Friday, June 19, 2009

On Repeat

I think I've listened to this song about 50 times today. I love the lyrics. It's a Drive-By Truckers song, from the Southern Rock Opera album.

(Cooley / DBT)

Your Daddy was mad as hell
He was mad at me and you
As he tied that chain to the front of my car and pulled me out of that ditch that we slid into
Don't know what his problem is
Why he keeps dragging you away
Don't know why I put up with this shit
When you don't put out and Zip City's so far away

Your Daddy is a deacon down at the Salem Church of Christ
And He makes good money as long as Reynolds Wrap keeps everything wrapped up tight
Your Mama's as good a wife and Mama as she can be
And your Sister's puttin' that sweet stuff on everybody in town but me
Your Brother was the first-born, got ten fingers and ten toes
And it's a damn good thing cause He needs all twenty to keep the closet door closed

Maybe it's the twenty-six mile drive from Zip City to Colbert Heights
Keeps my mind clean
Gets me through the night
Maybe you're just a destination, a place for me to go
A way to keep from having to deal with my seventeen-year-old mind all alone
Keep your drawers on, girl, it ain't worth the fight
By the time you drop them I'll be gone
And you'll be right where they fall the rest of your life

You say you're tired of me taking you for granted
Waiting' up till the last minute to call you up and see what you want to do
Well you're only fifteen, girl, you ain't got no secretary
And "for granted" is a mighty big word for a country girl like you
You know it's just your Daddy talking
Cause He knows that blood red carpet at the Salem Church of Christ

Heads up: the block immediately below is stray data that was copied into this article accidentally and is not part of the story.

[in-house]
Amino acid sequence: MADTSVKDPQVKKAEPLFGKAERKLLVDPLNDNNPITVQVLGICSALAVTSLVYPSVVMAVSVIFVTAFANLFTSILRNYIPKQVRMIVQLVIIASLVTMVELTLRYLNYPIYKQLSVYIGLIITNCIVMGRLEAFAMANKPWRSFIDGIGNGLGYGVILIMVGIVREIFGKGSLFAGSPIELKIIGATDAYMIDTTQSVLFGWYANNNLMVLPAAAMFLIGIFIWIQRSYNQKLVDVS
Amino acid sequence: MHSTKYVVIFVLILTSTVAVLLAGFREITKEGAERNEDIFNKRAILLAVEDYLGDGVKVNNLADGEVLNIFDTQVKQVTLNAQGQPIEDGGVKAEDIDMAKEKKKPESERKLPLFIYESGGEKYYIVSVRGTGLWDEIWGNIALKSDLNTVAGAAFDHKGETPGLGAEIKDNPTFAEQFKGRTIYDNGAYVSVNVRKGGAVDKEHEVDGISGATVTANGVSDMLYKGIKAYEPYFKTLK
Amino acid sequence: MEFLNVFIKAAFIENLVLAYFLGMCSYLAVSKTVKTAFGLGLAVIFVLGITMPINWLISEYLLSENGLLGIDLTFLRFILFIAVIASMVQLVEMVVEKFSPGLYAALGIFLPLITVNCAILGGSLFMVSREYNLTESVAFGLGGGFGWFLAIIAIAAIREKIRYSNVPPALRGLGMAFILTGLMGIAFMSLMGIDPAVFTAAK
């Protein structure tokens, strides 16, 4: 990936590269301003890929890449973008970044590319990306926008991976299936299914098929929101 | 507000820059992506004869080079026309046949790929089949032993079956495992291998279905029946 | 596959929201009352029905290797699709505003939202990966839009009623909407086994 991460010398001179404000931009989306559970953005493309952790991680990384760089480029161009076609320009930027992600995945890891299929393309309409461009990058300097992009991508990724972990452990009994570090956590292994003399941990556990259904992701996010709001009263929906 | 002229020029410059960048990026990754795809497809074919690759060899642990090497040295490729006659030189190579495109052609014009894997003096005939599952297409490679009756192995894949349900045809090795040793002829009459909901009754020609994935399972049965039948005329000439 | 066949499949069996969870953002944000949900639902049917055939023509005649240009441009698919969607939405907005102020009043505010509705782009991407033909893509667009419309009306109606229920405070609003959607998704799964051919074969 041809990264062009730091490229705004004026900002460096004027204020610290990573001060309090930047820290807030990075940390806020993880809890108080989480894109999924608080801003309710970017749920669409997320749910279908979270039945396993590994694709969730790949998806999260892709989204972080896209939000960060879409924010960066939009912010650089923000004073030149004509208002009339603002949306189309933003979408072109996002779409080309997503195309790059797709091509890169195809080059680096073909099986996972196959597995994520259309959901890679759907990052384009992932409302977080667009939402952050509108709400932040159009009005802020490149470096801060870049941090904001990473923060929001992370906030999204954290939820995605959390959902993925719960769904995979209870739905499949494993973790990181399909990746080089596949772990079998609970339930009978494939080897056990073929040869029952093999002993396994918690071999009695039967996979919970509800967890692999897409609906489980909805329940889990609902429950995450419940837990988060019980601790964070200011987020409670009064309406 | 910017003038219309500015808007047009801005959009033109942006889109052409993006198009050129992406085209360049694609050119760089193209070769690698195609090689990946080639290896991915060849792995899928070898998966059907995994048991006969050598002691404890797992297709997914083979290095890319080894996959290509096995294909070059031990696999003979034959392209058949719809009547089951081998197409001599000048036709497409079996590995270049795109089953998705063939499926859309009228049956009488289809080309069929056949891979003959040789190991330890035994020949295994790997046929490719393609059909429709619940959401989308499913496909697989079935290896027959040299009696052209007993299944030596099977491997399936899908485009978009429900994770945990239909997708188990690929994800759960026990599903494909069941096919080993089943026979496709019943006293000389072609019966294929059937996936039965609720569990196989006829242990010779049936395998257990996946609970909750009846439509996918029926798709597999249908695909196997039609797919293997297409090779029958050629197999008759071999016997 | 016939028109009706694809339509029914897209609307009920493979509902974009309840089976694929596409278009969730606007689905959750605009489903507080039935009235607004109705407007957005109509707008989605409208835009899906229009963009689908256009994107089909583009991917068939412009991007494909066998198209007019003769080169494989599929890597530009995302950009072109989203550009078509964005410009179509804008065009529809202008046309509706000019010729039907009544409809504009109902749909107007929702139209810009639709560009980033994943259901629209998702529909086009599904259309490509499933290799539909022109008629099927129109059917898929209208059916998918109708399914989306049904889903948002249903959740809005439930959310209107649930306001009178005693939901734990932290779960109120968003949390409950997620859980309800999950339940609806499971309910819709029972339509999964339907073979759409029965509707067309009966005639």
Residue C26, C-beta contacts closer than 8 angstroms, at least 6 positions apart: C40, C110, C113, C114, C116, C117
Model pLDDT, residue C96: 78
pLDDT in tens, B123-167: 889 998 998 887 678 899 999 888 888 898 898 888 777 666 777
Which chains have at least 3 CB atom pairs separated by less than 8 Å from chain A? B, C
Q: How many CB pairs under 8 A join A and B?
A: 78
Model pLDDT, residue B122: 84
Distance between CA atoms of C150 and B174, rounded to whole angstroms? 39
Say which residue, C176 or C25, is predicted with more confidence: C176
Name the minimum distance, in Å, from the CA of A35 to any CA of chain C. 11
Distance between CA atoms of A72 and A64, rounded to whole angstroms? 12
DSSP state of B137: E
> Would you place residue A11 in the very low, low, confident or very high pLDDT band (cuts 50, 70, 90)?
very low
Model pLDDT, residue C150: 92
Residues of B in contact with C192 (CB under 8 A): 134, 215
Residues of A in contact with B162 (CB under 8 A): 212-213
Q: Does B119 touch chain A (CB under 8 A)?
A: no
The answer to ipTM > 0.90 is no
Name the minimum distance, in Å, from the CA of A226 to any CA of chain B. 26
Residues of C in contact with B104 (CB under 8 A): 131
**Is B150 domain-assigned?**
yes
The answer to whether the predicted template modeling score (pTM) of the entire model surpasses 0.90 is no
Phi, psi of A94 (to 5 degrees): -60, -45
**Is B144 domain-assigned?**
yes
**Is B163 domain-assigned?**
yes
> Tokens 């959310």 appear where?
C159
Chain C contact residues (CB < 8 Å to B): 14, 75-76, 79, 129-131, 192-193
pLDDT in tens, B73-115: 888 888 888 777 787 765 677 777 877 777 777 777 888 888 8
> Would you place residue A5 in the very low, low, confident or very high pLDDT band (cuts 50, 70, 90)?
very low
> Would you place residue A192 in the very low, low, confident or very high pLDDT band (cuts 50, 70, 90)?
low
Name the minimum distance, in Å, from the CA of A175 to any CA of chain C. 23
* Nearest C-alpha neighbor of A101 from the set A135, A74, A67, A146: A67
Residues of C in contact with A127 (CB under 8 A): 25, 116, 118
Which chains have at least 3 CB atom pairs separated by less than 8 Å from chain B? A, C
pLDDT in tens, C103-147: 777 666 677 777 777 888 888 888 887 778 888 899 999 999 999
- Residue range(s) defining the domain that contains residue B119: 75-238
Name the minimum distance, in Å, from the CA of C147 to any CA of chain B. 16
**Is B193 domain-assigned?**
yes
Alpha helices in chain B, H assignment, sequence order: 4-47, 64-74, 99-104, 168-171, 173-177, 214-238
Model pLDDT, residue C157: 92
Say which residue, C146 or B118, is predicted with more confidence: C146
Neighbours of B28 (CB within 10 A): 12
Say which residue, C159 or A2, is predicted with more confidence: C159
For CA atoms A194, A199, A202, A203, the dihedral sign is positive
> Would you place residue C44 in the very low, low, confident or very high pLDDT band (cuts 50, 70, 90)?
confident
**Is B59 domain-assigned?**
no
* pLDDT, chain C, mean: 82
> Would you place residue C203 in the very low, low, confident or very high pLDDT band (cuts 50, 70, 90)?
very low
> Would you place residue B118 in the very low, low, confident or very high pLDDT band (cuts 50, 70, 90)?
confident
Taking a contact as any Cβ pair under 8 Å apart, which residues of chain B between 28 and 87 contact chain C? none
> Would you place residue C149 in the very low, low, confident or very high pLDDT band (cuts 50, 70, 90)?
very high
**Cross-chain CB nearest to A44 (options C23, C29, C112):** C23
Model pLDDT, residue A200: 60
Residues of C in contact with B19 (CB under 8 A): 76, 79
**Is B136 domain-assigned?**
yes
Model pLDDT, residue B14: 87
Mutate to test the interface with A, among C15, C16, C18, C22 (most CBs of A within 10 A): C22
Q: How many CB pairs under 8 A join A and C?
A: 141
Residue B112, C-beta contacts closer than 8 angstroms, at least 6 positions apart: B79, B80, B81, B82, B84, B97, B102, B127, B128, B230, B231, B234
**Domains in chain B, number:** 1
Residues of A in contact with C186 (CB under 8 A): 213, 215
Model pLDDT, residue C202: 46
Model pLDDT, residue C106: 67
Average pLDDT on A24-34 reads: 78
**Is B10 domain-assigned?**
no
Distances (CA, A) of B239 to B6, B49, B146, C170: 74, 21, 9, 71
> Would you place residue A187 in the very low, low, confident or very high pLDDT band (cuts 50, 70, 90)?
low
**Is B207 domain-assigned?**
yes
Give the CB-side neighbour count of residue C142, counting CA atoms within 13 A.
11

Ain't gonna ever see no wedding between me and you

Zip City it's a good thing that they built a wall around you
Zip up to Tennessee then zip back down to Alabama
I got 350 heads on a 305 engine
I get ten miles to the gallon
I ain't got no good intentions

Wednesday, June 17, 2009

Does this make me a bad triathlete?

Today's Stats:

Sleep: 6 hours (pretty good for me)
Workout: 2850 yd master's swim. 57 minutes.
Breakfast: 2 Pop Tarts, 20 oz Diet Dr. Pepper
Snack: Powerbar Harvest Peanut Butter Chocolate Chip bar
Lunch: 6" Subway Club on wheat w/ swiss, all the veggies. Cheddar Sun Chips. 32oz Diet Coke
Snack 2: Vending Machine Crackers
Dinner: Rubio's bean and cheese burrito, chips, 22 oz Diet Coke.

I'm listing this for a reason, not to boast about my crappy eating habits. I've been going to these noon master's workouts every Wednesday for a month. Yes, today was my fourth time. I typically get to split the lane, though I did have to circle my first time.

If you've been reading this blog for a while, you may remember me posting about pool work earlier in the year, before things started going squirrelly. I was zeroing in on 3500 yards in an hour. At a minimum, I was hitting 3000. Today is the first time I've come anywhere close to that in a good long while, and I feel pretty good about it. I mean, the coach's workouts are tough, and I'm still learning all this base pacing stuff, but that's where the point of this post comes into play.